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Kentucky’s Women: Leadership and Legacy

By KAYLA LASURE  kayla_lasure@mymail.eku.edu The start of March marks the beginning of Women’s History Month. Kentucky’s Women: Leadership and Legacy events will be sponsored throughout the month by EKU Libraries and the Special Collections and Archives office. Krista Rhodus, the director of library advancement, said this is the first time EKU Libraries has hosted events for Women’s History Month. Tuesday, March 10 a presentation will be given, titled The Life and Impact Mary Roark, the newly recognized second president and first female president of Eastern. Damir Siahkoohi, 22, a homeland security, history and political science senior from Irvine, will give the presentation about Roark as he played a role in getting Roark’s presidency position recognized. The special collections and archives office knew about the research he did on Roark and asked him to speak on her behalf for Women’s History Month. “I’ll be talking about who she is, what she did and how she did it,” Siahkoohi said. “My core question is, why do we not know who Mary Roark is?” Neil Kasiak, a faculty member in the special collections and archives department, will present the second event Katherine Phelps Caperton: Preserving A Legacy, Tuesday, March 17. Kasiak will talk about Katherine Caperton, a woman who helped to capture Madison County’s history. The last event for the month will feature Teresa Ann Issac, the former Lexington mayor, discussing Sex...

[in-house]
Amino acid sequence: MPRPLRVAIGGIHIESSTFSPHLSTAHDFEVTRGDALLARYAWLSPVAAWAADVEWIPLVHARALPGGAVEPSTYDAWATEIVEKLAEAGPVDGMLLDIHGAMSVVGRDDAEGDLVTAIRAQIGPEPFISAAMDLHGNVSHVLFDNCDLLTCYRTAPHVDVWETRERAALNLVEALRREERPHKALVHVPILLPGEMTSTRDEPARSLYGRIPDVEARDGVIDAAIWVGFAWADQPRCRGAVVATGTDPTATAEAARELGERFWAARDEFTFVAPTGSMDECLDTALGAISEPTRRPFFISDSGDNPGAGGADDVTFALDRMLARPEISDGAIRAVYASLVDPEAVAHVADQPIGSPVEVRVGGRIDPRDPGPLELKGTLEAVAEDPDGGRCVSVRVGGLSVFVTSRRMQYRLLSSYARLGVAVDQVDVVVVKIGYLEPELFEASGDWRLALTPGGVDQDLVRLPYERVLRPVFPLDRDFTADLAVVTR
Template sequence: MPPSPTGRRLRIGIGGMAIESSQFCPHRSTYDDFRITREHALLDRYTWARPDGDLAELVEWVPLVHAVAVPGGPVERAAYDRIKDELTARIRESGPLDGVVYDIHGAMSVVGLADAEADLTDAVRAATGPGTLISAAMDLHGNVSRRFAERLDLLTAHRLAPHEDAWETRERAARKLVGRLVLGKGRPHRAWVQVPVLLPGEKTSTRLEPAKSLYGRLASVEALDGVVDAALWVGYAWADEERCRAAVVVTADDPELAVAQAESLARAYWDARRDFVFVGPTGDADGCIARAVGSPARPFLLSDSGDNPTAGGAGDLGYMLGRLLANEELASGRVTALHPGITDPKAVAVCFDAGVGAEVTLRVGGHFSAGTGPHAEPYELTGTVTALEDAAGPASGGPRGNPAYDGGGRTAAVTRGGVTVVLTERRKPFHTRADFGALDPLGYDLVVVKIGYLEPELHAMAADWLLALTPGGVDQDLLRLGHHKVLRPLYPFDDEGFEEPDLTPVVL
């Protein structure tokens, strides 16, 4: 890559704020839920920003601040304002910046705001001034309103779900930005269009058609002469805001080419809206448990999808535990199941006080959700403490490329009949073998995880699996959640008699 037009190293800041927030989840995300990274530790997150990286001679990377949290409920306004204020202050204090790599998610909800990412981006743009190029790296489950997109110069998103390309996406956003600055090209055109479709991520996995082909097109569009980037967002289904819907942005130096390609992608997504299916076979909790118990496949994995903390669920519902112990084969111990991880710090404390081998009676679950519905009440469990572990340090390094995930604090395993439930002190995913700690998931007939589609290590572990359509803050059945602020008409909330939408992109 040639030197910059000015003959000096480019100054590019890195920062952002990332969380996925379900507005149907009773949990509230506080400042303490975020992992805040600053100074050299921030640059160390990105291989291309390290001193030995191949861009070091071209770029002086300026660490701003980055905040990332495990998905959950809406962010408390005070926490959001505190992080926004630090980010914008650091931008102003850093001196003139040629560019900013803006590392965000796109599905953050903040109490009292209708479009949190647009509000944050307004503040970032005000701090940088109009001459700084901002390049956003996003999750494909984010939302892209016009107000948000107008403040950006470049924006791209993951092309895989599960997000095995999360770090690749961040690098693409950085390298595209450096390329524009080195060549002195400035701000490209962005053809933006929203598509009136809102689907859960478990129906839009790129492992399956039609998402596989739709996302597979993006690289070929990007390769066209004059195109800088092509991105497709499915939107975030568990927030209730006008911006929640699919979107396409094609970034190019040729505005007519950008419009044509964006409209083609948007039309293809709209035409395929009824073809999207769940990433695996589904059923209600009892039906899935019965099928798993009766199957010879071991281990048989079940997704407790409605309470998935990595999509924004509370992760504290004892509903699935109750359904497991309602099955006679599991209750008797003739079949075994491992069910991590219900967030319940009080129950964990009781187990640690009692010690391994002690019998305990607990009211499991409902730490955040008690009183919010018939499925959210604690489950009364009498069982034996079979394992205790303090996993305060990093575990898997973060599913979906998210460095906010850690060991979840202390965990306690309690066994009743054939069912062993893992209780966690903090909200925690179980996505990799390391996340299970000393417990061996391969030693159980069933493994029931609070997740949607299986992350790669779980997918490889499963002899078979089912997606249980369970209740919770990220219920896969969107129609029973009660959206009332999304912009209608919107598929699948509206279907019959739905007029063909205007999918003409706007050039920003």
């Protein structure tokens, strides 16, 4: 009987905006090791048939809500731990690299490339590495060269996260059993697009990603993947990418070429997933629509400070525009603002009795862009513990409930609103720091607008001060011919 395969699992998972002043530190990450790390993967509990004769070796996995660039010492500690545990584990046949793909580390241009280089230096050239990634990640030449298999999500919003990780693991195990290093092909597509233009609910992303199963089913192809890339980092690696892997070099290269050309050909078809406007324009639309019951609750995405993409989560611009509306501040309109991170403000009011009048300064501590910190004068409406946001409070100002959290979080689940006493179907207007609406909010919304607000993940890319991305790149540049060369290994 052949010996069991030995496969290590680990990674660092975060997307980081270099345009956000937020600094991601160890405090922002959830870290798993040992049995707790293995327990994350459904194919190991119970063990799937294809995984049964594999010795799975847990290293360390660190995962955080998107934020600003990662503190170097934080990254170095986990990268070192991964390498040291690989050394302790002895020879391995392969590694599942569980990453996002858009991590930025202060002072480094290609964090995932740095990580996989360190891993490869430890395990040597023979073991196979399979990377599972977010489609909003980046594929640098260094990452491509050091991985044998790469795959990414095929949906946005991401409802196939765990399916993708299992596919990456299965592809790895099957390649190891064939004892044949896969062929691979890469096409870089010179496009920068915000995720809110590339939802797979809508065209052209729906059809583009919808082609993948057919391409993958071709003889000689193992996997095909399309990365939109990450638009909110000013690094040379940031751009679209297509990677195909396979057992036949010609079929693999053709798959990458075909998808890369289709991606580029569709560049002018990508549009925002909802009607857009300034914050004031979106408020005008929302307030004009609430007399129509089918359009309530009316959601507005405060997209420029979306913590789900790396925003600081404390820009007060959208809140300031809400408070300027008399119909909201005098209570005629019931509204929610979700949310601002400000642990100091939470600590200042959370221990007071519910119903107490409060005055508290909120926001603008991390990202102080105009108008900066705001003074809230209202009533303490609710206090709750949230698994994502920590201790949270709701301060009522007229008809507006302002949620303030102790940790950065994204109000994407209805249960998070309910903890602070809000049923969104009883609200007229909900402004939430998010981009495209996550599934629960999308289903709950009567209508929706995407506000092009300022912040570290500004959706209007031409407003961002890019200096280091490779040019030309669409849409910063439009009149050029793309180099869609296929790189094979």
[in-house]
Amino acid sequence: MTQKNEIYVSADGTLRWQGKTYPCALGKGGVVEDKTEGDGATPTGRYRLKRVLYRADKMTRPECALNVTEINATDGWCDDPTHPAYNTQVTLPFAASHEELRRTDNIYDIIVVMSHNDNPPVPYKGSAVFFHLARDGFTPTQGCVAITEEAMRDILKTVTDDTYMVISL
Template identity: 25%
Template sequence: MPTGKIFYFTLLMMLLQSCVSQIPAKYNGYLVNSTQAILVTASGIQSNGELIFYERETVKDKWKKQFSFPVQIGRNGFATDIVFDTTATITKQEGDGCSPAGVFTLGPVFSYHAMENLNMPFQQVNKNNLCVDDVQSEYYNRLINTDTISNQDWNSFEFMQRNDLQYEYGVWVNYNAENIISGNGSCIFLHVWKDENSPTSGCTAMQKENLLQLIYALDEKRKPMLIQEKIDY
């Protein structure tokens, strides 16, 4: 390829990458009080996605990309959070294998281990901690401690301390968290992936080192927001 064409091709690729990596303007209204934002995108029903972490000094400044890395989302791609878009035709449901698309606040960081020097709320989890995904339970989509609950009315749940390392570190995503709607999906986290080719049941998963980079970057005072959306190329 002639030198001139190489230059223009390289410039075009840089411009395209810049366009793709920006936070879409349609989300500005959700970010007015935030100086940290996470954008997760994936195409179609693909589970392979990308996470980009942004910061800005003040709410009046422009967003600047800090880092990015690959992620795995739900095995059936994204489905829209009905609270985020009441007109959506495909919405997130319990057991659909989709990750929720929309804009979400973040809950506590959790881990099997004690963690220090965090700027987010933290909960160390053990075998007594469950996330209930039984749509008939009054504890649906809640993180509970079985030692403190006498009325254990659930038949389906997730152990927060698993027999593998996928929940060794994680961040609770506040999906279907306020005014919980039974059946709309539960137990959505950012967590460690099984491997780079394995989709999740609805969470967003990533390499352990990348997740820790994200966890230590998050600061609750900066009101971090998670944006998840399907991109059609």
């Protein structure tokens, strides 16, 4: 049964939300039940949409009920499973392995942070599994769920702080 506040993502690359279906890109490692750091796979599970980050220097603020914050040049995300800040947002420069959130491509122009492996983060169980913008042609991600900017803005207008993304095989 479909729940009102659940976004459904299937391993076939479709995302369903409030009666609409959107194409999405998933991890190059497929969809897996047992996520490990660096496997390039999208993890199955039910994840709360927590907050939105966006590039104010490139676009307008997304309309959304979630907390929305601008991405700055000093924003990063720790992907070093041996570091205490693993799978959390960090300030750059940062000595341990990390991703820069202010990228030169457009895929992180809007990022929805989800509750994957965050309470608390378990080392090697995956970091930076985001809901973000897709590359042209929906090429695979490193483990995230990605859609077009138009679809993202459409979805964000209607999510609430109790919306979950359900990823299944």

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Progress viewpoint: Students deserve more time to learn about fee before Senate vote

The Student Senate will be voting this Tuesday evening on a $150 per semester fee that would be imposed on students. The fee will be used to fund renovations to the Powell Building as well as the construction of a new Fitness and Wellness Center.
The Progress wants to know your thoughts. So help us out by taking this brief survey: Take the survey.

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CORRECTIONS & CLARIFICATIONS

Accompanying a story last week about the various construction projects on campus, The Eastern Progress ran three images of incorrect renderings of the reading porch planned for the south side of the Crabbe Library. The renderings the newspaper included were of the initial sketches of the space. Those renderings have since been revised, as seen in the image here. In addition, the article incorrectly listed the financial donation provided by Ron and Sherrie Noel as $250,000. The couple has in fact donated $350,000 toward the...